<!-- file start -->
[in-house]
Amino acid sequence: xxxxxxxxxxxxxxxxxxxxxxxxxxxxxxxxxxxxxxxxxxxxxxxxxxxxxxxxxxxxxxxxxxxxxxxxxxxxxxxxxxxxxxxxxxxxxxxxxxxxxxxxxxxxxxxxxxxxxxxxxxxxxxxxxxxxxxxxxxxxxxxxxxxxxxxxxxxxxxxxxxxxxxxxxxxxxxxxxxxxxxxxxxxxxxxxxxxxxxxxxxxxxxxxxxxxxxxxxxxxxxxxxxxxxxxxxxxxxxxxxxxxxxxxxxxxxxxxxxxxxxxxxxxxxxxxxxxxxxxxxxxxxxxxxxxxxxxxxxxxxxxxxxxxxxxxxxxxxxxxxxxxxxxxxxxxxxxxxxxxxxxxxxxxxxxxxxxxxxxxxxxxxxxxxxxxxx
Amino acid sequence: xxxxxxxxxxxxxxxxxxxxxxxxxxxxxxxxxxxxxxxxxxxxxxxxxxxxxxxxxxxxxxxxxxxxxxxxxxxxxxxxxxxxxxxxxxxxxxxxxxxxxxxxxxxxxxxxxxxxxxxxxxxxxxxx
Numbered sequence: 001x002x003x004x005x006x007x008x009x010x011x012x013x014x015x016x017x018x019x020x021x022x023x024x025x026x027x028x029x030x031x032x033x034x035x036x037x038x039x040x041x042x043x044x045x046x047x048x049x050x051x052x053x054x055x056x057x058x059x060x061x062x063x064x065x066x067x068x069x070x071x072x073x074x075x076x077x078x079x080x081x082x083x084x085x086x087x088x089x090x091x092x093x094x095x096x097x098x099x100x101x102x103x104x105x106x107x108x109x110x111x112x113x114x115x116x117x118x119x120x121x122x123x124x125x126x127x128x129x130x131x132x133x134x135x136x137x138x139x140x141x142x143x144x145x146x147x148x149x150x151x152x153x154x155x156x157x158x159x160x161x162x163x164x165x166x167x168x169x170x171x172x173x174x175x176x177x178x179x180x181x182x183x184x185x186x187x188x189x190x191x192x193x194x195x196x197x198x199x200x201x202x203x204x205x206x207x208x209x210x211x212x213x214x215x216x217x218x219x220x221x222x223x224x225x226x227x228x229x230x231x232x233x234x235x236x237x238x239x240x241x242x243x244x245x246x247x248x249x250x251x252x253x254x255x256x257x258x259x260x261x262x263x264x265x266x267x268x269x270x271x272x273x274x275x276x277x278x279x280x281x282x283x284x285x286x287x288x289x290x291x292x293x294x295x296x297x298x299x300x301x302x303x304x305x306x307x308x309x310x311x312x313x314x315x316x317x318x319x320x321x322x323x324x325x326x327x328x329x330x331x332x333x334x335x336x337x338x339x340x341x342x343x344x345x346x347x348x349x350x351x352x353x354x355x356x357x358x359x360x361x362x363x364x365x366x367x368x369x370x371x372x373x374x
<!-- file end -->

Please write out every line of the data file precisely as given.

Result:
[in-house]
Amino acid sequence: xxxxxxxxxxxxxxxxxxxxxxxxxxxxxxxxxxxxxxxxxxxxxxxxxxxxxxxxxxxxxxxxxxxxxxxxxxxxxxxxxxxxxxxxxxxxxxxxxxxxxxxxxxxxxxxxxxxxxxxxxxxxxxxxxxxxxxxxxxxxxxxxxxxxxxxxxxxxxxxxxxxxxxxxxxxxxxxxxxxxxxxxxxxxxxxxxxxxxxxxxxxxxxxxxxxxxxxxxxxxxxxxxxxxxxxxxxxxxxxxxxxxxxxxxxxxxxxxxxxxxxxxxxxxxxxxxxxxxxxxxxxxxxxxxxxxxxxxxxxxxxxxxxxxxxxxxxxxxxxxxxxxxxxxxxxxxxxxxxxxxxxxxxxxxxxxxxxxxxxxxxxxxxxxxxxxxx
Amino acid sequence: xxxxxxxxxxxxxxxxxxxxxxxxxxxxxxxxxxxxxxxxxxxxxxxxxxxxxxxxxxxxxxxxxxxxxxxxxxxxxxxxxxxxxxxxxxxxxxxxxxxxxxxxxxxxxxxxxxxxxxxxxxxxxxxx
Numbered sequence: 001x002x003x004x005x006x007x008x009x010x011x012x013x014x015x016x017x018x019x020x021x022x023x024x025x026x027x028x029x030x031x032x033x034x035x036x037x038x039x040x041x042x043x044x045x046x047x048x049x050x051x052x053x054x055x056x057x058x059x060x061x062x063x064x065x066x067x068x069x070x071x072x073x074x075x076x077x078x079x080x081x082x083x084x085x086x087x088x089x090x091x092x093x094x095x096x097x098x099x100x101x102x103x104x105x106x107x108x109x110x111x112x113x114x115x116x117x118x119x120x121x122x123x124x125x126x127x128x129x130x131x132x133x134x135x136x137x138x139x140x141x142x143x144x145x146x147x148x149x150x151x152x153x154x155x156x157x158x159x160x161x162x163x164x165x166x167x168x169x170x171x172x173x174x175x176x177x178x179x180x181x182x183x184x185x186x187x188x189x190x191x192x193x194x195x196x197x198x199x200x201x202x203x204x205x206x207x208x209x210x211x212x213x214x215x216x217x218x219x220x221x222x223x224x225x226x227x228x229x230x231x232x233x234x235x236x237x238x239x240x241x242x243x244x245x246x247x248x249x250x251x252x253x254x255x256x257x258x259x260x261x262x263x264x265x266x267x268x269x270x271x272x273x274x275x276x277x278x279x280x281x282x283x284x285x286x287x288x289x290x291x292x293x294x295x296x297x298x299x300x301x302x303x304x305x306x307x308x309x310x311x312x313x314x315x316x317x318x319x320x321x322x323x324x325x326x327x328x329x330x331x332x333x334x335x336x337x338x339x340x341x342x343x344x345x346x347x348x349x350x351x352x353x354x355x356x357x358x359x360x361x362x363x364x365x366x367x368x369x370x371x372x373x374x